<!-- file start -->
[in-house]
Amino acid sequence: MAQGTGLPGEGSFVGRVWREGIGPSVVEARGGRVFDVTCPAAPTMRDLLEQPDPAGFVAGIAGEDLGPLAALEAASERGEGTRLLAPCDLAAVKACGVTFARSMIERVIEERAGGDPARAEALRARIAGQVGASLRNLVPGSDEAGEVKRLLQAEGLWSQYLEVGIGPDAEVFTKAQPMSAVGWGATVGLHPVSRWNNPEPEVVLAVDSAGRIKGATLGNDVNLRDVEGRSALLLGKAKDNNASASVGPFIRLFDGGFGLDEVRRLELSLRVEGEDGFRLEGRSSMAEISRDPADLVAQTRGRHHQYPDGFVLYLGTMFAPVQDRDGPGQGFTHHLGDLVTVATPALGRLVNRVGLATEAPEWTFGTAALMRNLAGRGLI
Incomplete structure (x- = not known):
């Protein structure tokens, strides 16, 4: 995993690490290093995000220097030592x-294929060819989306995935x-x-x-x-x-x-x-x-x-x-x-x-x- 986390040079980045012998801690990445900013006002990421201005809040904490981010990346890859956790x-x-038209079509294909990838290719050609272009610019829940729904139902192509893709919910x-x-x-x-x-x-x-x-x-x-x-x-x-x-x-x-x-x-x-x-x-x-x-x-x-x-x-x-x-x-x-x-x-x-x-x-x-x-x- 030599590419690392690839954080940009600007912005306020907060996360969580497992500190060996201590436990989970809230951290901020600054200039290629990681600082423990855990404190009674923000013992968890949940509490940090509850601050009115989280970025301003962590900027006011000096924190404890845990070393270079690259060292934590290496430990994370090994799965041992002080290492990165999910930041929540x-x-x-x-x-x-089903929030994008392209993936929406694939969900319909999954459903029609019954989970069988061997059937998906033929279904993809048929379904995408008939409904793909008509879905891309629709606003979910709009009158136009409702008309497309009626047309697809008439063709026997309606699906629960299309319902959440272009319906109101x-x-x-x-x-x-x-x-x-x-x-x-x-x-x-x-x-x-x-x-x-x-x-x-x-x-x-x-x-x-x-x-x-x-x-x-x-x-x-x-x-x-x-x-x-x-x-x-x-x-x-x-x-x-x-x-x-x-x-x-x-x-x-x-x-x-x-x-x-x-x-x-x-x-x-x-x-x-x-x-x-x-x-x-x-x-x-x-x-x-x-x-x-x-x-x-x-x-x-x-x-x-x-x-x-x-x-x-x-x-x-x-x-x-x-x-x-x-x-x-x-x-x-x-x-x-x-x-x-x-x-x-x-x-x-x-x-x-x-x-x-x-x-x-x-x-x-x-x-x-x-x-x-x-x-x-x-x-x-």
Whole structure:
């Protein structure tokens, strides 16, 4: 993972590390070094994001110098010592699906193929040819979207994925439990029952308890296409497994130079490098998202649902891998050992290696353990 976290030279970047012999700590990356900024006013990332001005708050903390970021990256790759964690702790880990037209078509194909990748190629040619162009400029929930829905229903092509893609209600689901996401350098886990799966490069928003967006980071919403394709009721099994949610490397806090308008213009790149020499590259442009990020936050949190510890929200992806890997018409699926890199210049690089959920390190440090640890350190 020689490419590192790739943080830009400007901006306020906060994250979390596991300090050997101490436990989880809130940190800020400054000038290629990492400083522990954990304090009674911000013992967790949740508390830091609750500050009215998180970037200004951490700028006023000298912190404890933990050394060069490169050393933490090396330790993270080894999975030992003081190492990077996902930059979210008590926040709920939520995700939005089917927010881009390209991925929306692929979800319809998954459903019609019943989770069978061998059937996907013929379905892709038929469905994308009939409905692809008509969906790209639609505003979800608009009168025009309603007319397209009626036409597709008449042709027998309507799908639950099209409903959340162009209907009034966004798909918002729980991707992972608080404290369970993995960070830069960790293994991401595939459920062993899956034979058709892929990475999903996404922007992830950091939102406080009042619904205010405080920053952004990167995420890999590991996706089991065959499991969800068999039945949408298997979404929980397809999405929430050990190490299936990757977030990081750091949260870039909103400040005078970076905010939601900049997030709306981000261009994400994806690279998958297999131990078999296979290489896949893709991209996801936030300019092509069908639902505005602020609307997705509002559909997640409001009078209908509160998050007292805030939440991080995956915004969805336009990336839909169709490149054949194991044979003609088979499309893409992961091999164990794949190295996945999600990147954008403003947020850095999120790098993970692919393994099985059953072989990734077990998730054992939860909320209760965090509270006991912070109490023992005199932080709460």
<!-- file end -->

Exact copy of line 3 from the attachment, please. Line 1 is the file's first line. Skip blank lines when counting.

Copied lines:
Incomplete structure (x- = not known):